Saturday, April 22, 2017

Ode to Anki

I'm going to sing the praises of an amazing product that I wish I had discovered much earlier than I actually did: Anki. Anki is a flashcard app available on mobile, desktop, and web - and it's brilliant. (And no, I'm not getting paid to say that!) Best of all, it is both free and open source.

What's really unique about Anki is that it calculates when you need to see a card again before you forget it. Unlike traditional flashcards (or even flashcard apps like Quizlet), where you just go through an entire set over and over again, Anki efficiently shows you only the cards it estimates you need to see before you forget them. You don't waste time looking at flashcards you know really well, and the rest are shown to you based on how familiar you are with them.

How does Anki know when you need to see a card? It uses an algorithm, which you can customize (though I never did and I've been successfully using the default for years).

You can create your own categorized flashcard decks within Anki or download decks that have been created by others. I find a mix of both to be useful. For example, I use Anki for foreign languages, but I have my own running vocabulary deck on top of ones others created based on standard textbooks. I also use Anki for things like U.S. military insignia as well as world geography. It supports audio and images on your flashcards, too.

You can decide how many new cards you want per day, which I've changed from time to time depending on how busy I am. Because I currently have a lot of flashcard decks and not much time, I only look at one new card per deck per day.

I keep Anki synced across my smartphone (the app for Android is called AnkiDroid) and desktop. This is helpful when I come across Arabic vocabulary in a news article, for instance, and I add it to Anki via my desktop but see it when going through my flashcards on my phone later.

As a final note, "AnkiApp" is not the same thing as Anki. They are two totally separate products, and my recommendation only extends to Anki.

Saturday, April 15, 2017

Ready? I Was Sworn Ready!

The 190th A-100 has been formally sworn in, making us pretty official. My feelings are bittersweet, which I didn't expect despite the warnings of those who came before me.

The six weeks of orientation flew by, and yet I feel like I've known everyone I met here for so much longer. (Also, if I'm honest, I'm not sure I could handle one more orientation training.) What I'll miss most are definitely the people: my A-100 colleagues and the coordinators and staff and mentors and everyone else who made our introduction into the Foreign Service possible. Although it's hard to think about how we will never be together as a complete group again, I look forward to crossing paths with many of them many times, whether in the hallways during training or overseas. I know I've made friends for life.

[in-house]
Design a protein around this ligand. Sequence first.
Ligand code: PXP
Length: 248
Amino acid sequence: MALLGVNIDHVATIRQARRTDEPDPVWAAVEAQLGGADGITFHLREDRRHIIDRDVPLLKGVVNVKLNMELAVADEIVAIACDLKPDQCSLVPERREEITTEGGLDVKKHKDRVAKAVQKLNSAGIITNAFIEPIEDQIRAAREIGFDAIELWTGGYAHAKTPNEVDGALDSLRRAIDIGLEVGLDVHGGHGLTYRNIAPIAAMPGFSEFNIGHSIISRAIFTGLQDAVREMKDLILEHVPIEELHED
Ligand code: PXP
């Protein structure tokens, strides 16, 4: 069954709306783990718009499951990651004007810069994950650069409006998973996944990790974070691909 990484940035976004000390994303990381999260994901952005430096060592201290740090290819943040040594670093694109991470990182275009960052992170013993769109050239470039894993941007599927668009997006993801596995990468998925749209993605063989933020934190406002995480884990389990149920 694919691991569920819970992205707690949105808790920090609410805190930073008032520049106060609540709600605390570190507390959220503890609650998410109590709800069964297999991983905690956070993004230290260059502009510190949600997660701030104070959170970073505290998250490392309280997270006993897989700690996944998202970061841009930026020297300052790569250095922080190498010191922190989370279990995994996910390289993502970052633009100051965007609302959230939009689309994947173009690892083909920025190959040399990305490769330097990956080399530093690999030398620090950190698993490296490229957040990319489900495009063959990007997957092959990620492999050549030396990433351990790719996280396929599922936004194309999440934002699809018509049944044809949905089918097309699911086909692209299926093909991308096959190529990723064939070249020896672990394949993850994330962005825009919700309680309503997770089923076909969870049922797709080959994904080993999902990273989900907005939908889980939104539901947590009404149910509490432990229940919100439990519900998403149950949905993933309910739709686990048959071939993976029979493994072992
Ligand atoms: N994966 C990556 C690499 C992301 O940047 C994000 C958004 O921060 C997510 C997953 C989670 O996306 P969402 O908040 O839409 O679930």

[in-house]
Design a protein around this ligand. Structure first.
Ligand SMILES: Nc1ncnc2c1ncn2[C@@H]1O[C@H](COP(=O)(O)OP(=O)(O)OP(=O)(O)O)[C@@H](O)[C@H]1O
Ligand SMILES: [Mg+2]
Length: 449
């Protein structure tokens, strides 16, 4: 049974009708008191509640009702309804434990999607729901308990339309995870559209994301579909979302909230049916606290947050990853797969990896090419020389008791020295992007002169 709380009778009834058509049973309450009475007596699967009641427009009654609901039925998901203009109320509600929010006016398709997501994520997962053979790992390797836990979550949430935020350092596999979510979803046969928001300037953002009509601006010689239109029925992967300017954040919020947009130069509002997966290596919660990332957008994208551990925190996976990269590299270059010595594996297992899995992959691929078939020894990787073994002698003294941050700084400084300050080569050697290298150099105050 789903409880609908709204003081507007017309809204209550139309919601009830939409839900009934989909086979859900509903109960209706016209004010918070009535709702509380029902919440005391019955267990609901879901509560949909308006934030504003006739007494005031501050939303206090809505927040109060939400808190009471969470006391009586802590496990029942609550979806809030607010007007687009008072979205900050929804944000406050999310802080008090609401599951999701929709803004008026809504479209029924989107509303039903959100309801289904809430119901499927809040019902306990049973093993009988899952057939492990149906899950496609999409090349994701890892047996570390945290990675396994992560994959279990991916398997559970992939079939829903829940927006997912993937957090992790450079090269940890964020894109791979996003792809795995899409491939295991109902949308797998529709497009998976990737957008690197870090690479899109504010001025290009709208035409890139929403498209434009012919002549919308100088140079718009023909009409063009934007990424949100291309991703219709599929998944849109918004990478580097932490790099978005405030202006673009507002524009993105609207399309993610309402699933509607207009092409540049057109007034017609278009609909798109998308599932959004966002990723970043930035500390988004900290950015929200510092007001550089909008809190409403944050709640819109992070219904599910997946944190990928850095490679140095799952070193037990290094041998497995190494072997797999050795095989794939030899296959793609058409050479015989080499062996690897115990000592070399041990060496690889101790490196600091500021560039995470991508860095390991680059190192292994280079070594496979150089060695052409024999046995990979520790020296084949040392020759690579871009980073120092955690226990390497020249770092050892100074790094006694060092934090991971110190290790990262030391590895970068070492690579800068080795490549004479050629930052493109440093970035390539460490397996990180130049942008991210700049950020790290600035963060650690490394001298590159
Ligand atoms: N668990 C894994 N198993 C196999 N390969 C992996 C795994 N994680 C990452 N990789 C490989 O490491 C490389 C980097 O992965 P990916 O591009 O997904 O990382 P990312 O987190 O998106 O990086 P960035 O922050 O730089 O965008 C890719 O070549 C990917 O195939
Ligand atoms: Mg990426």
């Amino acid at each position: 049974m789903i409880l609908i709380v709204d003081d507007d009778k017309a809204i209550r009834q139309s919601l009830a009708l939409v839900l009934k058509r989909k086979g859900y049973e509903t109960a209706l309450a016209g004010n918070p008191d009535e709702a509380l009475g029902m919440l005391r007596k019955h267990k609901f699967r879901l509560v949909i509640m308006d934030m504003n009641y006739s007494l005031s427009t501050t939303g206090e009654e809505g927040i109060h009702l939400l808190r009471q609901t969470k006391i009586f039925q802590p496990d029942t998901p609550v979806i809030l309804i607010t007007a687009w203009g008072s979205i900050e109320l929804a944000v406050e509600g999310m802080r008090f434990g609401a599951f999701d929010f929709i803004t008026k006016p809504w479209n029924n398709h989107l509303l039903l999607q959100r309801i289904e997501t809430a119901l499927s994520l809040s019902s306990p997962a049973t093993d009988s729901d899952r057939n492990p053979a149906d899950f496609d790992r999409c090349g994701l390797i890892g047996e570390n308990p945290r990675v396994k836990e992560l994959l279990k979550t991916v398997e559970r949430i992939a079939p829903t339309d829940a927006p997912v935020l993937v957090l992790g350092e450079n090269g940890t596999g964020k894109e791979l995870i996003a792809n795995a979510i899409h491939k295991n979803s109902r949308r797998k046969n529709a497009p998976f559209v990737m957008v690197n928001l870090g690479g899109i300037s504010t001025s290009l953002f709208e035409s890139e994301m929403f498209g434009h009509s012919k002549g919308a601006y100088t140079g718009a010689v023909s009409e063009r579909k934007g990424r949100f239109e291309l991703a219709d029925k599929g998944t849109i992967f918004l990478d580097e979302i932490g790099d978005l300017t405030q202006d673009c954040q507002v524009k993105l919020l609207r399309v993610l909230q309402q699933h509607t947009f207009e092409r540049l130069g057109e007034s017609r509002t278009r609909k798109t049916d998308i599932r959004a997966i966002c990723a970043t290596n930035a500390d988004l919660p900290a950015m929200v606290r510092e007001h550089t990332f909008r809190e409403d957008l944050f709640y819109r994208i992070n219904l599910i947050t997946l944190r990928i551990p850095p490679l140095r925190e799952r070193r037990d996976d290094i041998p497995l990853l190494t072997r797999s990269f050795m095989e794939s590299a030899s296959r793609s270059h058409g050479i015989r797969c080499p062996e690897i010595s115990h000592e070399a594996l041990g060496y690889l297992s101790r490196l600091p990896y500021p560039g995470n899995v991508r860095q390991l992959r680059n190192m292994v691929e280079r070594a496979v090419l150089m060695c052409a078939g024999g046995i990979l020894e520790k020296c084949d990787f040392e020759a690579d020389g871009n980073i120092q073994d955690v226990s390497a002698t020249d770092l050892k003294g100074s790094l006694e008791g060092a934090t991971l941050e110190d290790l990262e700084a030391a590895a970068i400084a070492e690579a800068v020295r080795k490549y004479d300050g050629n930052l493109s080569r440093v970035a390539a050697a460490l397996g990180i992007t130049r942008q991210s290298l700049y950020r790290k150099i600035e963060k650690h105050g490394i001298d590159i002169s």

A-100 in general was a delight. Now that it's done, I wholeheartedly agree with the following advice I've received throughout the course:

  • It goes by fast. Live in the moment.
  • Don't try to "win" A-100. (Everyone else is smart, too.)
  • Fight imposter syndrome. Everyone there deserves to be there.
  • Embrace ambiguity.
  • Be kind.
  • Take care of yourself.
  • Pack a lunch. (That cafeteria is not the way to go.)
  • Be on time. (They are not messing around with class norms.)
  • Don't be afraid to attend a class roast.

Finally, I want to include the full text of the Oath we all took today:

"I, (name), do solemnly swear (or affirm) that I will support and defend the Constitution of the United States against all enemies, foreign and domestic, that I will bear true faith and allegiance to the same, that I take this obligation freely, without any mental reservation or purpose of evasion, and I will well and faithfully discharge the duties of the office on which I am about to enter. So help me God."

I'm deeply honored to represent this great country alongside men and women as amazing as those whom I've come to know and love over only six weeks. It's up to us never to forget whom we serve.

Sunday, April 9, 2017

FLAG DAY

WE'RE GOING TO NAIROBI, KENYA!

Let's rewind a bit. We just had Flag Day, which is like a Foreign Service graduation except it happens before you're done with orientation training (A-100). It's very reality TV-esque, with officials announcing all of your posts in random order in front of your colleagues, family, and friends. When your name is called, you go up to the front to pick up your flag and get your training packet that says how much longer you have before you move abroad. It's exciting and nerve-wracking for literally everyone.